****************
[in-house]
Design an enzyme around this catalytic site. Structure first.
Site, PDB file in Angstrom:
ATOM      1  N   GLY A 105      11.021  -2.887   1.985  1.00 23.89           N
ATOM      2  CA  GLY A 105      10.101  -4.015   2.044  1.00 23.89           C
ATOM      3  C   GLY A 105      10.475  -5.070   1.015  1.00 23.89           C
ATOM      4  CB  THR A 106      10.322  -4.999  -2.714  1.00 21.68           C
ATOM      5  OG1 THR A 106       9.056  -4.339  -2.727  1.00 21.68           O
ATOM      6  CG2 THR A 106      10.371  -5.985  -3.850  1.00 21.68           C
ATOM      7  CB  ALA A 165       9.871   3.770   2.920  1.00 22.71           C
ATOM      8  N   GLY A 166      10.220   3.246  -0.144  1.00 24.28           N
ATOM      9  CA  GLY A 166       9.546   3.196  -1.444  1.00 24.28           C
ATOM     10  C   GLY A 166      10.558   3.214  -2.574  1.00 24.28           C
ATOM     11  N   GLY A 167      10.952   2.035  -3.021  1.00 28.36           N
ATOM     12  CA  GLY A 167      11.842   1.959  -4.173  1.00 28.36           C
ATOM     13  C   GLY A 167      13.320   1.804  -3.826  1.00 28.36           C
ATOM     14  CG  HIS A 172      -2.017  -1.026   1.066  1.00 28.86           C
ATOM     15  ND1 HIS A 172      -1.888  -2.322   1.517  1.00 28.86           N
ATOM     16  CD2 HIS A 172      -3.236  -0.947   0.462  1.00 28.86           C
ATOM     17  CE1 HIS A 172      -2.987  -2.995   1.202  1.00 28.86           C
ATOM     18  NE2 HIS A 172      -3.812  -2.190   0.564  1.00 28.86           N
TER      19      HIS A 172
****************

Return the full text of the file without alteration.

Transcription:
[in-house]
Design an enzyme around this catalytic site. Structure first.
Site, PDB file in Angstrom:
ATOM      1  N   GLY A 105      11.021  -2.887   1.985  1.00 23.89           N
ATOM      2  CA  GLY A 105      10.101  -4.015   2.044  1.00 23.89           C
ATOM      3  C   GLY A 105      10.475  -5.070   1.015  1.00 23.89           C
ATOM      4  CB  THR A 106      10.322  -4.999  -2.714  1.00 21.68           C
ATOM      5  OG1 THR A 106       9.056  -4.339  -2.727  1.00 21.68           O
ATOM      6  CG2 THR A 106      10.371  -5.985  -3.850  1.00 21.68           C
ATOM      7  CB  ALA A 165       9.871   3.770   2.920  1.00 22.71           C
ATOM      8  N   GLY A 166      10.220   3.246  -0.144  1.00 24.28           N
ATOM      9  CA  GLY A 166       9.546   3.196  -1.444  1.00 24.28           C
ATOM     10  C   GLY A 166      10.558   3.214  -2.574  1.00 24.28           C
ATOM     11  N   GLY A 167      10.952   2.035  -3.021  1.00 28.36           N
ATOM     12  CA  GLY A 167      11.842   1.959  -4.173  1.00 28.36           C
ATOM     13  C   GLY A 167      13.320   1.804  -3.826  1.00 28.36           C
ATOM     14  CG  HIS A 172      -2.017  -1.026   1.066  1.00 28.86           C
ATOM     15  ND1 HIS A 172      -1.888  -2.322   1.517  1.00 28.86           N
ATOM     16  CD2 HIS A 172      -3.236  -0.947   0.462  1.00 28.86           C
ATOM     17  CE1 HIS A 172      -2.987  -2.995   1.202  1.00 28.86           C
ATOM     18  NE2 HIS A 172      -3.812  -2.190   0.564  1.00 28.86           N
TER      19      HIS A 172